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Rolling Thin Wall Brass Tube

Joined
Jan 22, 2019
Hey All,
I'm not sure this thread belongs on this site, since it's not about machining, but I'll give it a shot:

I'm rolling some 2" O.D. x 0.050" wall brass tubing for a bar footrail and I'm having lots of trouble. It's kinking, obviously.

I'm using a JD Squared Model 32 tube and pipe bender with 2" dies that give the bend a 7.5" outside radius. My last try I sleeved the primary tube with 1.875" O.D. x 1/16" wall brass tube, capped one end, filled it with PACKED, moist sand, and capped the other end. Still, I'm getting large kinks along the inside of the roll.

Any advice?
Thanks,
Mat
 

Dumpster_diving

Cast Iron
Joined
May 18, 2017
Location
Massachusetts
Not an expert, so I'll defer to others that answer. But two observations:
- 7.5" outside radius seems like a pretty tight radius for 2" OD tubing. Are you sure that's even an achievable bend (and doesn't require a 90 degree ell fitting for bar-rail)?
- Not following why you're sleeving the primary tube with another tube inside of it. But the tightly packed sand seems like an appropriate step. Can you not contain the sand within the 2" primary tube and skip the inner tube?
 

Illinoyance

Stainless
Joined
Aug 24, 2015
The tubing is probably in a work hardened condition. Annealing would make it more workable. As Dumpster said that small a radius may not be possible. I doubt that annealing and using a bender with a mandrel would achieve that tight a radius.
 

Peter Colman

Stainless
Joined
Sep 22, 2004
Location
Rugeley UK
You could try filling the tube with low melting point metal, in theUK we call it Woods metal, I think it is based on Bismuth, it melts easily and can be run out after bending
 
Joined
Jan 22, 2019
You could try filling the tube with low melting point metal, in theUK we call it Woods metal, I think it is based on Bismuth, it melts easily and can be run out after bending

That's a cool idea. I've used that stuff a bit, but got scared when I realized it contained plenty of lead and cadmium.

As for the others: I was worried folks might say it's too tight of a radius. Annealing had crossed my mind so I may give that a shot.

Thanks everyone.
 

bosleyjr

Diamond
Joined
Sep 30, 2006
Location
SE PA, Philly
Is 0.050" wall brass tubing sufficiently strong for a footrail? Or is this the standard thickness. I would have expected pipe, as a footrail will have BUFFs (big ugly fat fellows) like me standing on it.
 

rons

Diamond
Joined
Mar 5, 2009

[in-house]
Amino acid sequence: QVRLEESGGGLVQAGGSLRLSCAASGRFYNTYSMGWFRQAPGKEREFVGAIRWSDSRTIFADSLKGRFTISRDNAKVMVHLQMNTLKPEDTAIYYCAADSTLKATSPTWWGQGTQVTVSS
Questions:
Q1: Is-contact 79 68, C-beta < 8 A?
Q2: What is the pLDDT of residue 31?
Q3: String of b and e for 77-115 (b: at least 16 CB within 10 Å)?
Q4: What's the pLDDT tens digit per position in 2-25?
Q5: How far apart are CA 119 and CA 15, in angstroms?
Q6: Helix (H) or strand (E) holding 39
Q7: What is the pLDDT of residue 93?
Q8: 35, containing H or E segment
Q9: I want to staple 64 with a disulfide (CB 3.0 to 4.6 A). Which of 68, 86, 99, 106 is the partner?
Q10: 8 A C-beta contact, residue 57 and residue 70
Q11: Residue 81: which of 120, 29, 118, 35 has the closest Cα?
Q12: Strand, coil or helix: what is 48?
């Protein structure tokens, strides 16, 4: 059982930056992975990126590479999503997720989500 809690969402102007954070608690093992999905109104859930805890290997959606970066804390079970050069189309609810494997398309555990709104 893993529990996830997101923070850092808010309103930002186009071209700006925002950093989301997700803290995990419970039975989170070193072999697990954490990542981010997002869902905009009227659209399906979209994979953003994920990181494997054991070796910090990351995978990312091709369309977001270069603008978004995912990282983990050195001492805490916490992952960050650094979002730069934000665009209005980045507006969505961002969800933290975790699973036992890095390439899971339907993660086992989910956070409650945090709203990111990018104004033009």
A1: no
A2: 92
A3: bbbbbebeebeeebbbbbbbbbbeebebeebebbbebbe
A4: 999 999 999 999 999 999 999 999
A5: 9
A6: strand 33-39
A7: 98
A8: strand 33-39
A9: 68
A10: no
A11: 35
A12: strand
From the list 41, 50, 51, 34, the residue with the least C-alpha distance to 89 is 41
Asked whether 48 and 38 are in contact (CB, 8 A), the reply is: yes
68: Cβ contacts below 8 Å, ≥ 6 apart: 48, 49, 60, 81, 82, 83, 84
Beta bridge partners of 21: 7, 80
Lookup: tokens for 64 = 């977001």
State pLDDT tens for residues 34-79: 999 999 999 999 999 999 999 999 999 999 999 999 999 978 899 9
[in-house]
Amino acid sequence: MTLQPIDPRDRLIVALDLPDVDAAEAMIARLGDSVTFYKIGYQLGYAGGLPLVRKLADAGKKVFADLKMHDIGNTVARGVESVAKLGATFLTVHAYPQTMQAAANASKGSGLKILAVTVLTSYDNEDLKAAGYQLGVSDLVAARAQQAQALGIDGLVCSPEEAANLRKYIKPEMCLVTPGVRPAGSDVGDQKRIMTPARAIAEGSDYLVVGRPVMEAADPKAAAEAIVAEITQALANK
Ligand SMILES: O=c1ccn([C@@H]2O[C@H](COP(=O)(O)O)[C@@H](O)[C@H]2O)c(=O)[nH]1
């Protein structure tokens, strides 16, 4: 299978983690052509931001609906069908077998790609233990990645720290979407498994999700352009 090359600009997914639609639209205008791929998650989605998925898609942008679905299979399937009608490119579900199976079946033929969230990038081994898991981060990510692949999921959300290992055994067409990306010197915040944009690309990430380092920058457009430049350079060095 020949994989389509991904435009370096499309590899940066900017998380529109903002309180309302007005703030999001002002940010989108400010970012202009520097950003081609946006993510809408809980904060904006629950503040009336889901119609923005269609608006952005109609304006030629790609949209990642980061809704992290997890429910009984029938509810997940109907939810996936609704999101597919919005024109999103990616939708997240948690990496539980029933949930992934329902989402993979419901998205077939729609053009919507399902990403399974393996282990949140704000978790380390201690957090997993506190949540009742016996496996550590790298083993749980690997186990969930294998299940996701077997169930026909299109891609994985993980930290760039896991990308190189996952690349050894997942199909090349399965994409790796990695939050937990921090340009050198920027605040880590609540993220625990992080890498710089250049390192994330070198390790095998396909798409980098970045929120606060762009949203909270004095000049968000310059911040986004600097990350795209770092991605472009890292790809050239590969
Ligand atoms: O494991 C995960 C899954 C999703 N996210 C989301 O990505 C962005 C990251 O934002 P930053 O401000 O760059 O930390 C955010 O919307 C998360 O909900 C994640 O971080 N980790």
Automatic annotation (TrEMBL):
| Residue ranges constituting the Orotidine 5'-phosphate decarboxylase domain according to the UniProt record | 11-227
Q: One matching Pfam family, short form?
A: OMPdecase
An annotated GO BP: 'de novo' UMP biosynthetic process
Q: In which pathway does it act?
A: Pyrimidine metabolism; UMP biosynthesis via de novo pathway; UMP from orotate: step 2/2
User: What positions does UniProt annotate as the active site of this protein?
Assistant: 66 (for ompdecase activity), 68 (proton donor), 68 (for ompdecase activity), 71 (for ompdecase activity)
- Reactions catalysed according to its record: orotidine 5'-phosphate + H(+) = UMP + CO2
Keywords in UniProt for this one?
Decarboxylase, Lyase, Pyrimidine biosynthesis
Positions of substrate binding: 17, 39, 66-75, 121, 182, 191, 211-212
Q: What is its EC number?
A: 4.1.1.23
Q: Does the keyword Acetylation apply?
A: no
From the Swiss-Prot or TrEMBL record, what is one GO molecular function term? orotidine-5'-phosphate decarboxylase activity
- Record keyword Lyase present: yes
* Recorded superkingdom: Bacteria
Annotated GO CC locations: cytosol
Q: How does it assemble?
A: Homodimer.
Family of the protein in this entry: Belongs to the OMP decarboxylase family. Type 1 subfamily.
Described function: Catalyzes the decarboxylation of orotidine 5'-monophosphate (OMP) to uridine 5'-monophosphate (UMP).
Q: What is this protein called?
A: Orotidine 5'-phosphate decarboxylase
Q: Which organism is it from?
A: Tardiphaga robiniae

Location
California, USA
I rolled 50" of 7/8" OD copper with thickness .045 using this contraption I made. I worked down to a 10" diameter using about 4 passes.
Each run through the roller was harder to push through as the center wheel is adjusted downward. If I had to do it again I would have used
a Map gas torch to soften the tubing on each pass. I used 1/4 circle forms with a round groove to press the copper from a slight oval to
circular again. The message here is that slow and gradual worked for me.

DSC_0743.jpg

Got the idea from this. I was ready to make one like it but decided it was not worth it for just one job.

tubebender.jpg

Result.
DSC_0999.JPG
 

LKeithR

Stainless
Joined
Sep 1, 2011
Location
Langley, B.C.
I would imagine you need a mandrel bender. The old Pines benders work well


I agree. I don't think there's much hope of bending 2" OD x .050" wall brass tubing without some support on the
inside. And even then you'll most likely have to anneal the tube at the points where the bends takes place. A
rotary draw bender is not the tool for this job...
 

Hardplates

Stainless
Joined
May 8, 2019
Location
What once was a free country
I rolled 50" of 7/8" OD copper with thickness .045 using this contraption I made. I worked down to a 10" diameter using about 4 passes.
Each run through the roller was harder to push through. If I had to do it again I would have used a Map gas torch to soften the tubing
on each pass.

View attachment 271690

Got the idea from this.

View attachment 271691

Result.
View attachment 271692

That would put you around a 5.5:1 diameter to CLR ratio. The OP is trying to achieve 3.25:1 That is a huge difference and I just don't see it happening without a mandrel
 

rons

Diamond
Joined
Mar 5, 2009
Location
California, USA
My last try I sleeved the primary tube with 1.875" O.D. x 1/16" wall brass tube, capped one end, filled it with PACKED, moist sand, and capped the other end. Still, I'm getting large kinks along the inside of the roll.

Any advice?

Since you tried sand, have you thought about water inside and freezing it? Sand and water were ideas that I thought too much work for a long length.
 

rons

Diamond
Joined
Mar 5, 2009
Location
California, USA